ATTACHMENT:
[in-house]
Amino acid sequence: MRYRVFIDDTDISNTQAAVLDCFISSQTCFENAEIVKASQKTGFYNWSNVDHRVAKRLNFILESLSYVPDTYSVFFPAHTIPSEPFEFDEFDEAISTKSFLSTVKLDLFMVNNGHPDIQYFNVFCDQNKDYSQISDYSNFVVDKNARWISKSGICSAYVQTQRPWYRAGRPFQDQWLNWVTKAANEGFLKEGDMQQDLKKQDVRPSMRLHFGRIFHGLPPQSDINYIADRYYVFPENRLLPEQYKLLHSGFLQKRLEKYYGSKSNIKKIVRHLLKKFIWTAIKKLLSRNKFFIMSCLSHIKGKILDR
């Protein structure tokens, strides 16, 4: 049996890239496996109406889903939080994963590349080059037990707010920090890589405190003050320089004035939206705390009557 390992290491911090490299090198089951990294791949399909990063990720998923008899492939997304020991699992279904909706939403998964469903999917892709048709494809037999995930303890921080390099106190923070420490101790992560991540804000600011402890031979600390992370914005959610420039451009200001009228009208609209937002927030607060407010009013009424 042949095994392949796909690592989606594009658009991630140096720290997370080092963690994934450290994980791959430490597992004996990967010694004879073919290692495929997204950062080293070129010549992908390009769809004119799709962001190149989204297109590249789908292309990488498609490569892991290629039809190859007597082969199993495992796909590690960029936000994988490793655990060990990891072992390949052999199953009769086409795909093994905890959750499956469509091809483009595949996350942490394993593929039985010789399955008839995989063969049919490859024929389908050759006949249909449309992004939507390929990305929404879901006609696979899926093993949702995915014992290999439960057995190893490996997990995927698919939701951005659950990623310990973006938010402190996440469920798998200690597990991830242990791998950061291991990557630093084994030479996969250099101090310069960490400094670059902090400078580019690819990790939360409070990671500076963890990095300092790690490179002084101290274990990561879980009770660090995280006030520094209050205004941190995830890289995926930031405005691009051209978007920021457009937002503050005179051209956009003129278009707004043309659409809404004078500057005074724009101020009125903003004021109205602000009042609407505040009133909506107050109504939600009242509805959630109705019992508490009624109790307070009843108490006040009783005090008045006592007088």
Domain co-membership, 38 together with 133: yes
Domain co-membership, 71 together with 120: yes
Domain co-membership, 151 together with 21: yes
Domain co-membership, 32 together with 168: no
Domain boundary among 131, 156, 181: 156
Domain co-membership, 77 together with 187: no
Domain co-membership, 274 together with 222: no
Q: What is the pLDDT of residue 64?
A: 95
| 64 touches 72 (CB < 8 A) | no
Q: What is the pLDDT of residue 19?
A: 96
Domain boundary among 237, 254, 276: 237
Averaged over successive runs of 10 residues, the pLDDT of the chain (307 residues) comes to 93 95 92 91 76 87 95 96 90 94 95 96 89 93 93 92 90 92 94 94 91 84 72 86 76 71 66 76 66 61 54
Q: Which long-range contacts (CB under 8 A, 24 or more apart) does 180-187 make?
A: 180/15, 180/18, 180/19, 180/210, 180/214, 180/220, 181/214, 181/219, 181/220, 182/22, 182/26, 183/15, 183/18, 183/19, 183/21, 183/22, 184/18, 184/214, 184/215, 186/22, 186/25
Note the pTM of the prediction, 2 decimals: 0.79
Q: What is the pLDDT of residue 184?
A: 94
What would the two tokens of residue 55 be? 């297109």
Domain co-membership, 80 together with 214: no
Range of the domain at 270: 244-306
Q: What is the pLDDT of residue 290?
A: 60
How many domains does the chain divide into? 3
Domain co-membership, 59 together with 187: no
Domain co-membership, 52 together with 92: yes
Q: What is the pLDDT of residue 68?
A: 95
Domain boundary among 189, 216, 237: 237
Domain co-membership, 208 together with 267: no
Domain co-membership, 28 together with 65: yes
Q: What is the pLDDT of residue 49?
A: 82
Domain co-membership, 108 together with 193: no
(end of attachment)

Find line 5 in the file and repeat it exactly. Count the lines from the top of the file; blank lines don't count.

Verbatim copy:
Domain co-membership, 71 together with 120: yes